Probiotics are defined as live microorganisms that, when administered in adequate amounts, exert health benefits to the host, such as regulating the immune system, preventing diarrhea, allergies, and atopic diseases, and reducing hypertension, obesity, or high serum cholesterol [12,13,14]. Strains from the genera Lactobacillus and Bifidobacterium have been widely used as probiotics and are preferred by manufacturers because of their health benefits and ability to survive technological processes (e.g., low pH and molecular oxygen). Both genera also produce antimicrobial and bioactive compounds (e.g., exopolysaccharides, bacteriocins, organic acids, and hydrogen peroxide) that compete with gastrointestinal and food spoilage pathogens [14,15]. Probiotic strains may also have utility for the preservation of colostrum to improve the nutritional quality of food supplements for animals and humans [16]. Colostrum, the first milk produced by mammals immediately after birth, exhibits a specific nutritive composition and is a rich source of proteins, fats, immunoglobulins, minerals, and bioactive compounds such as lactoferrin, lysozyme, lactoperoxidases, and growth factors. The benefits of colostrum on human or animal health have been extensively studied, demonstrating the positive influence of colostrum consumption on the immune system, intestinal microflora balance, and tissue regeneration [17,18,19]. For example, we have previously demonstrated the positive growth-promoting effects of bovine, goat, and human colostrum on lactic acid bacteria [20,21]. In turn, the interaction of probiotics with intestinal microflora offers the potential to positively affect obesity, the global rise of which in adults and children increases the risk of developing cardiovascular diseases, type 2 diabetes, and pediatric metabolic syndrome [22].
The aim of the present study was therefore to extend information about functional properties of Chlorella vulgaris and its possible synergic effects with probiotics (Bifidobacteria) and colostrum that contribute to the development of new functional food or food supplements for humans or animals with the content of mentioned components. All are rich and affordable sources of nutritive and bioactive compounds. On the market, it is possible to buy individually or in combination with lyophilized probiotics (Lactobacilli, Bifidobacteria), but there is a lack of information about their synergic/antagonistic effects. Just a few studies were published about the functional properties of aqueous chlorella extracts. First, we determined the cytotoxic, immunomodulatory, and prebiotic effects of Chlorella. The immunomodulatory and prebiotic effects of bovine colostrum were described in our previous studies [20,21]. In addition, since the increased incidence of obesity at the population level is predominantly caused by a sedentary lifestyle, stress, or overabundant food intake, we also evaluated the synergic hypocholesterolemic effects of a combination of all three components in an animal model of Prague hereditary hypercholesterolemic rats (PHHC) with diet-induced hypercholesterolemia [23].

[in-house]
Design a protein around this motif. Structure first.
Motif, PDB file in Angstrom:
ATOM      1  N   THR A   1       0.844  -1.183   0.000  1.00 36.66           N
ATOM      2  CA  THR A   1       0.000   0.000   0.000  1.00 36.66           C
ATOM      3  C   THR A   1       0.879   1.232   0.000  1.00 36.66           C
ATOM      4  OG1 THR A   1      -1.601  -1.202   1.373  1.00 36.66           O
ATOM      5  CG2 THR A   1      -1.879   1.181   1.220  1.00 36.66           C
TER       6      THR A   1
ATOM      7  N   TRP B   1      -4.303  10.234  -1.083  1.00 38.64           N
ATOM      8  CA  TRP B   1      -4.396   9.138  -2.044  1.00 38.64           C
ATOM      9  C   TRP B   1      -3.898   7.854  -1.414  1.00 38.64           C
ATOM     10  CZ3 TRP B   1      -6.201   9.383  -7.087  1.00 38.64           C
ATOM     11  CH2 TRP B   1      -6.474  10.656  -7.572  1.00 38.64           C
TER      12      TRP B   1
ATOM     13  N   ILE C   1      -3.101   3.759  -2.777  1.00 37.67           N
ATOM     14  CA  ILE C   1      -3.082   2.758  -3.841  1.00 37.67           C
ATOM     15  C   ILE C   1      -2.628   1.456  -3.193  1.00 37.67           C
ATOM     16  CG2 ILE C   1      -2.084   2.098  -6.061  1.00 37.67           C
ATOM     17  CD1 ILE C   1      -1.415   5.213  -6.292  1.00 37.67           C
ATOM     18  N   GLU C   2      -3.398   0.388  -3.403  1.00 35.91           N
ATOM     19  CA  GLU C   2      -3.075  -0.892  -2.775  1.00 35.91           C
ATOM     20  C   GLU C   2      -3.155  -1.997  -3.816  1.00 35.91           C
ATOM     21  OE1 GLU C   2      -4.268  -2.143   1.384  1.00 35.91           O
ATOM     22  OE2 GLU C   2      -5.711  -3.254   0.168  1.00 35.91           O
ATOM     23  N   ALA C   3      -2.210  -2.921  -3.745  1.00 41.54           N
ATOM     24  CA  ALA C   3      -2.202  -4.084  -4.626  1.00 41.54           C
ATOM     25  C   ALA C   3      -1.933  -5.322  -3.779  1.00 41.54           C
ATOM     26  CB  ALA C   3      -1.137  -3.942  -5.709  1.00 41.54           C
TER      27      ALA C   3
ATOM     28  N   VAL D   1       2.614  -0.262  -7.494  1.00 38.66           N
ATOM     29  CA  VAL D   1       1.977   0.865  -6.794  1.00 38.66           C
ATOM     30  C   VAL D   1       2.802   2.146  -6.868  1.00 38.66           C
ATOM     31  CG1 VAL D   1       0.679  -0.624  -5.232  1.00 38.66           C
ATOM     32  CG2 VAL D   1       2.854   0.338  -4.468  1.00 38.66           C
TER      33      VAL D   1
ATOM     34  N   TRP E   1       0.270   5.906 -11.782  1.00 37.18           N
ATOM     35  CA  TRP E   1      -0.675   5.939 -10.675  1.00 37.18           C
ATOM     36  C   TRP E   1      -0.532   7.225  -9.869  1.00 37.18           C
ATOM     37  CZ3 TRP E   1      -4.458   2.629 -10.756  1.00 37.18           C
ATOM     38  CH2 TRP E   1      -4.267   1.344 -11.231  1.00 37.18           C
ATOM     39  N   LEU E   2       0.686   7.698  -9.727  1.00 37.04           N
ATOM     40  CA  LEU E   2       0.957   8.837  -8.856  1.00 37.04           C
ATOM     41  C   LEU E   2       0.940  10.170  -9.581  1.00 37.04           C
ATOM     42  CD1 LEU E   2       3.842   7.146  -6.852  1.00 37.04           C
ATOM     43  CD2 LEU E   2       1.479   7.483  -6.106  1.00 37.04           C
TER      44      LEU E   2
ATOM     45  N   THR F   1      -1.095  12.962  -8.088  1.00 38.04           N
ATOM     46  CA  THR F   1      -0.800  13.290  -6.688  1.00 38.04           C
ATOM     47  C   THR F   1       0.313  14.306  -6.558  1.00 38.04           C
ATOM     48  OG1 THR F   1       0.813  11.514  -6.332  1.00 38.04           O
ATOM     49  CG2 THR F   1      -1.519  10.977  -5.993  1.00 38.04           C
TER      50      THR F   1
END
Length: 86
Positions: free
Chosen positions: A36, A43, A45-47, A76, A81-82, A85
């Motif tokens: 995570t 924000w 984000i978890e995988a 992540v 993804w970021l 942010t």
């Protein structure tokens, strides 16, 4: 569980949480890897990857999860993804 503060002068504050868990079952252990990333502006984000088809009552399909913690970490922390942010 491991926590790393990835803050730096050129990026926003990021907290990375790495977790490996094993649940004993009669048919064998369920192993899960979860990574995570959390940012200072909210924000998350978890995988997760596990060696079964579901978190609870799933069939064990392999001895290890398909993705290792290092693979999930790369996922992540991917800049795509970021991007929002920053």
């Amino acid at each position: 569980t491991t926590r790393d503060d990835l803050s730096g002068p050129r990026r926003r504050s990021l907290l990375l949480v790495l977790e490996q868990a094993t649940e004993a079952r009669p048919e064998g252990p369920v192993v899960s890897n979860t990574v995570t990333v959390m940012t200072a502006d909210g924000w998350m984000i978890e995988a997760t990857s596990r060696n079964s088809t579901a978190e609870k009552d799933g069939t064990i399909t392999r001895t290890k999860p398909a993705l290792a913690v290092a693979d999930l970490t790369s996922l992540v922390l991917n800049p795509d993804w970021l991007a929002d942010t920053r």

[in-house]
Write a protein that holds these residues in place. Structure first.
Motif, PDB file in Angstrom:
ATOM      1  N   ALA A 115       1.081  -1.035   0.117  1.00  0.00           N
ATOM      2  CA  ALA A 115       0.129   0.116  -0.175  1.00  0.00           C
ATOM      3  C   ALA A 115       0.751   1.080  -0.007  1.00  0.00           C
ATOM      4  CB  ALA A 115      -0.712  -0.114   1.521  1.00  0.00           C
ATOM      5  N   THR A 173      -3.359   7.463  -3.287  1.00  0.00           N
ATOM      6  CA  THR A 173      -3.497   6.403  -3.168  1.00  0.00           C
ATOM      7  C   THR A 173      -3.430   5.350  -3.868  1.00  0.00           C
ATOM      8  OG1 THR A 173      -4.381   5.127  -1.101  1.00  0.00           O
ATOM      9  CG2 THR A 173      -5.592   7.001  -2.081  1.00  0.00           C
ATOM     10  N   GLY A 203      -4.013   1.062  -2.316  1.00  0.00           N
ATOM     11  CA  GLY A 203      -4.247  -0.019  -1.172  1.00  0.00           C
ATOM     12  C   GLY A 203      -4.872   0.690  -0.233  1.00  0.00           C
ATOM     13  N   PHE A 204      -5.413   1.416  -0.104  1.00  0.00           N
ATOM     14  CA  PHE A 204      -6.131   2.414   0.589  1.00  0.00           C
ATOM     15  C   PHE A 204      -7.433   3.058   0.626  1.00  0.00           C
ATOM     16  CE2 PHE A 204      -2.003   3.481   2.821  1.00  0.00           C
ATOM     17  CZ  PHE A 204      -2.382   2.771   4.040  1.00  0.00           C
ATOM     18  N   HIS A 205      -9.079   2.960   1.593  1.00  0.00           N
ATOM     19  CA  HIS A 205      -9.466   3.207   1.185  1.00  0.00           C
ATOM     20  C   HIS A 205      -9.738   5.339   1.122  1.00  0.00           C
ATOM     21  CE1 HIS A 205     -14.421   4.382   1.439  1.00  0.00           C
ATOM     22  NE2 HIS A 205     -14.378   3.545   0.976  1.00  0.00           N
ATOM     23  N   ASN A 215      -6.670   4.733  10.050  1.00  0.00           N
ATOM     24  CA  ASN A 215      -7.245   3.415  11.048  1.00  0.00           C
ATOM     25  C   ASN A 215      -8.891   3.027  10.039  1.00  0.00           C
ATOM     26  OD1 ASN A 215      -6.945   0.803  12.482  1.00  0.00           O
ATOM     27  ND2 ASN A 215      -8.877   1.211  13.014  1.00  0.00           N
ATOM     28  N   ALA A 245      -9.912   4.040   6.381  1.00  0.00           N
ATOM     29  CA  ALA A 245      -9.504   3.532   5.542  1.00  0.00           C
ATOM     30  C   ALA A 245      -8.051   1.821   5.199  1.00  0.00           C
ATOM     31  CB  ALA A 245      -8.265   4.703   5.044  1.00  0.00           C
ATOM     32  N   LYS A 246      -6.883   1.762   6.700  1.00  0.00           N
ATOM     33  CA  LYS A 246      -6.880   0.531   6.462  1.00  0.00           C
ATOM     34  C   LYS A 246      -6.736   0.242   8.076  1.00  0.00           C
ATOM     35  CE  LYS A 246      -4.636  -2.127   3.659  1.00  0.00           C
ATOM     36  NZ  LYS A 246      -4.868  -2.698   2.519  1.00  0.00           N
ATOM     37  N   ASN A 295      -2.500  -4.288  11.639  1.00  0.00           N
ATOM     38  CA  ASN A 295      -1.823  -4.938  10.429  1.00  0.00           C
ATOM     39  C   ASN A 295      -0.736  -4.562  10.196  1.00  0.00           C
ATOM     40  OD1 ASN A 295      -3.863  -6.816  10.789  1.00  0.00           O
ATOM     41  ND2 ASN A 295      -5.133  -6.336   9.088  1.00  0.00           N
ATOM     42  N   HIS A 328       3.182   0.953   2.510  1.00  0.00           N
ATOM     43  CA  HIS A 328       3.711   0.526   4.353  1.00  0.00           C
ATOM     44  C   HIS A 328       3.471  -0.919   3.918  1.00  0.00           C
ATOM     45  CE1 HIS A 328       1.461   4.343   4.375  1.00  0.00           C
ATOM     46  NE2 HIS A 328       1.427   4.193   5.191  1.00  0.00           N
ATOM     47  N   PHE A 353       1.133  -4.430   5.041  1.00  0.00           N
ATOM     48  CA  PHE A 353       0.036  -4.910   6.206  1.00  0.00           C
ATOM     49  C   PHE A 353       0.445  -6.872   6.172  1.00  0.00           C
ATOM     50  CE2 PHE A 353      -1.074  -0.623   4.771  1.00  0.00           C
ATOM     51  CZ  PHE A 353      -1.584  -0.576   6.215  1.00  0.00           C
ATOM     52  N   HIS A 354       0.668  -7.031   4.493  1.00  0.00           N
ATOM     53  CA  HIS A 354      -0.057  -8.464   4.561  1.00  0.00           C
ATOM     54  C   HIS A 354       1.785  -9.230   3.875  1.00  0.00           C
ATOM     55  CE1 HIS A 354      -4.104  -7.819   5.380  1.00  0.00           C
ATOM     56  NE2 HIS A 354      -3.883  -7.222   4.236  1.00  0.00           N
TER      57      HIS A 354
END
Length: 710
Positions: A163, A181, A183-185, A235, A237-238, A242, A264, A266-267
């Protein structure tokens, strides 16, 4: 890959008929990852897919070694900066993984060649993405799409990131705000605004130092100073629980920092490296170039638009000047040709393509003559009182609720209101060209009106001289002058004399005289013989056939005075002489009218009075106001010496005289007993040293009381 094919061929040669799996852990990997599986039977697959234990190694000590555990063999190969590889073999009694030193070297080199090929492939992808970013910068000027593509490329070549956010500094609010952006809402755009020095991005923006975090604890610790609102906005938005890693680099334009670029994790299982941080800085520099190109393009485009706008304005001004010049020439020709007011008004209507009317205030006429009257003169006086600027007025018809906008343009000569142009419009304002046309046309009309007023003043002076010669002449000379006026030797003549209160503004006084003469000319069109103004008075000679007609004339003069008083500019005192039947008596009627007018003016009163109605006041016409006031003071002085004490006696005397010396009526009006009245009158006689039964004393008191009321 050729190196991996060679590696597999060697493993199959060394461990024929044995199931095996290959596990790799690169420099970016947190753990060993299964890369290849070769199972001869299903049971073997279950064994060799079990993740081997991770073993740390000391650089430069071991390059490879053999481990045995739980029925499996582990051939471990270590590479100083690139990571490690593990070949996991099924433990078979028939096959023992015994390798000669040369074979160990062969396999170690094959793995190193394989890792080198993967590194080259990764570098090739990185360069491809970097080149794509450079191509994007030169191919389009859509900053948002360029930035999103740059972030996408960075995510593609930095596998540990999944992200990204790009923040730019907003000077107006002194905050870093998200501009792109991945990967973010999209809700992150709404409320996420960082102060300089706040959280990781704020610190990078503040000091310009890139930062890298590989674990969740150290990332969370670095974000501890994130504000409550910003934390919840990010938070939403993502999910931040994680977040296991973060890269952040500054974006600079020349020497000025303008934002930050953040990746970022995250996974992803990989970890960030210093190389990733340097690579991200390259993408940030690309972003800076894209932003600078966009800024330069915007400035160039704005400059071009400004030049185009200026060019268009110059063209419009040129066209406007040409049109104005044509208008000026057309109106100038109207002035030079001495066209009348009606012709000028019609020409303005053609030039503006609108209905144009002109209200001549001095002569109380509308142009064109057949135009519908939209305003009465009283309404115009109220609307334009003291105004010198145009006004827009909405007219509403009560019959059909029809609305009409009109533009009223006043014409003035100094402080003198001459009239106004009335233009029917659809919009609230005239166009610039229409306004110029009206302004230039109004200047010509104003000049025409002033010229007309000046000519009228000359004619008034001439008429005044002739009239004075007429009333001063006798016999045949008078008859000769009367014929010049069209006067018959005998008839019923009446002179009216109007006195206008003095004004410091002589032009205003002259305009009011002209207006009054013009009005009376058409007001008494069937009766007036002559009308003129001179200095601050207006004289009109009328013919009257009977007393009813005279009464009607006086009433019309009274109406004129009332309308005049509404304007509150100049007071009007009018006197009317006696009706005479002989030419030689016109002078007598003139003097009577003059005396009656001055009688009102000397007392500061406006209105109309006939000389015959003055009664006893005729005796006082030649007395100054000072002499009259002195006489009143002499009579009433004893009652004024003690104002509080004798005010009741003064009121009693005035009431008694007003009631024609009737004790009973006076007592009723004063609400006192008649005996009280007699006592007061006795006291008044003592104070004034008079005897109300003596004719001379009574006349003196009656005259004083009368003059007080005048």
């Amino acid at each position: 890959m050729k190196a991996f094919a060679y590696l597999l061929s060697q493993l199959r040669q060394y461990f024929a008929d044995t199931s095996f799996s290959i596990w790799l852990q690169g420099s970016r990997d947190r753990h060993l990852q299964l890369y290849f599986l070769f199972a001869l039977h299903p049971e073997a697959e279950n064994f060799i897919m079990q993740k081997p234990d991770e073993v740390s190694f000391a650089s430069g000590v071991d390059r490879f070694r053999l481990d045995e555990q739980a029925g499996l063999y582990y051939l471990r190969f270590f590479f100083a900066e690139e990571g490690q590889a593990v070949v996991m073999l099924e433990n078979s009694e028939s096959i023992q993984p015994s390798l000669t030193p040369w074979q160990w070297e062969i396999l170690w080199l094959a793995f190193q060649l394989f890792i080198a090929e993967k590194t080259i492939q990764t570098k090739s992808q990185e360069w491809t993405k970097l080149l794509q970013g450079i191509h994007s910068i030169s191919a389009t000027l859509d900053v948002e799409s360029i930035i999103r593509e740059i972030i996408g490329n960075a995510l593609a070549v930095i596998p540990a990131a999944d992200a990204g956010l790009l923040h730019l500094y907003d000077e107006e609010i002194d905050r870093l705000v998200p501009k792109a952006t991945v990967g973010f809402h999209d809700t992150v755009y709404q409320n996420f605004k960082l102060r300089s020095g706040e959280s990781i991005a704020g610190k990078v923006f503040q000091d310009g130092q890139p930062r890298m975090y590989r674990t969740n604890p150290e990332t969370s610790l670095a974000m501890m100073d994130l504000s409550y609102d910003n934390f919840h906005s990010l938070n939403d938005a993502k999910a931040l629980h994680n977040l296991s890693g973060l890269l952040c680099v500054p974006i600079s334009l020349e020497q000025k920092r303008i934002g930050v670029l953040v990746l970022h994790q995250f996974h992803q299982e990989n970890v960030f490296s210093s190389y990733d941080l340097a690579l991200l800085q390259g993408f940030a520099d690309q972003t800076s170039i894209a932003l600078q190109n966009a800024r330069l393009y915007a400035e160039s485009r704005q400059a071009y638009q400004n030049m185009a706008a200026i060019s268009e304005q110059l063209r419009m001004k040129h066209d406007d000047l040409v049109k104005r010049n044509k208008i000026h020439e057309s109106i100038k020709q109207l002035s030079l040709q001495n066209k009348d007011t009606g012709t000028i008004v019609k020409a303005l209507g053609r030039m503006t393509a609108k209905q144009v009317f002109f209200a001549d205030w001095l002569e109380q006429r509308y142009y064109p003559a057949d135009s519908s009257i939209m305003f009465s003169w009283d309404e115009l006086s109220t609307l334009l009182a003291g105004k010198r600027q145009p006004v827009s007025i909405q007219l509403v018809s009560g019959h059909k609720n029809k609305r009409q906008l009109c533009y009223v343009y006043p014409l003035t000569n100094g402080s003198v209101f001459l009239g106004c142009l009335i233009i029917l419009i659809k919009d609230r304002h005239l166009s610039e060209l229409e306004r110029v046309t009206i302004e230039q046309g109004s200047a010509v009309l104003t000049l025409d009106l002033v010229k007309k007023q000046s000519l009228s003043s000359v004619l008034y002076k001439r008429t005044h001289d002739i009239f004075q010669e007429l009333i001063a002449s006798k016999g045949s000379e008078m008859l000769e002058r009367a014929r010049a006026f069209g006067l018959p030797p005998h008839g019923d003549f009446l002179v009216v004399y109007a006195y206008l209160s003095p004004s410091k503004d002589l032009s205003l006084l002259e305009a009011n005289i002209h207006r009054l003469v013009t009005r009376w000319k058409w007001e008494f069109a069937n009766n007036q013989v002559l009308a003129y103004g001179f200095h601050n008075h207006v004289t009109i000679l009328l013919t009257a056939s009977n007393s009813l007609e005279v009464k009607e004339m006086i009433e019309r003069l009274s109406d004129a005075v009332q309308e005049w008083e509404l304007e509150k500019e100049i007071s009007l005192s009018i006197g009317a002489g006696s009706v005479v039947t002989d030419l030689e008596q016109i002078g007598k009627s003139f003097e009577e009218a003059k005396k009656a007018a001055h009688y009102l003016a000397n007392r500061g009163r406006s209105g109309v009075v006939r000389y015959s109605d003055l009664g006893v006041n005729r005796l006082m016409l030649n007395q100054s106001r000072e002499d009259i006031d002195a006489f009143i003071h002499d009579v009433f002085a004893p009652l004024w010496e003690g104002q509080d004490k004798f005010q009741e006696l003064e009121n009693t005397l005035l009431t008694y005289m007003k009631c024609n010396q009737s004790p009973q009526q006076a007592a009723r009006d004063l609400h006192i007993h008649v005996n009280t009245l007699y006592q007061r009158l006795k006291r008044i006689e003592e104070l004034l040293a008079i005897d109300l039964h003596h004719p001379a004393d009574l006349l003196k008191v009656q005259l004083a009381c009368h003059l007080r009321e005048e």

2. Materials and Methods

2.1. Microorganisms

Three tested bifidobacteria (Bifidobacterium animalis subsp. lactis CCDM 93, Bifidobacterium breve CCDM 486, and CCDM 562) were selected from the Culture Collection of Dairy Microorganisms Laktoflora® (Tabor, Czech Republic), and one commercial strain Bifidobacterium animalis subsp. lactis BB-12® was obtained from Ch. Hansen (Hørsholm, Denmark). Prior to each analysis, bacterial cells were transferred twice in fresh De Man–Rogosa–Sharpe (MRS, pH 6.2) broth (Merck, Darmstadt, Germany) with L-cysteine hydrochloride (Merck) and cultivated in anaerobic conditions at 37 °C for 18 h. Heterotrophic C. vulgaris was obtained from the Microbiology Department of the Academy of Sciences, Třeboň–ALGATECH (Třeboň, Czech Republic).

2.2. Colostrum

Lyophilized skimmed bovine colostrum, obtained during the early stage of lactation with 30% immunoglobulin content, was provided by Ingredia Ltd. (Frydek-Mistek, Czech Republic). For testing, a 10% (w/v) reconstituted colostrum solution was prepared.

2.3. Immunomodulation Assay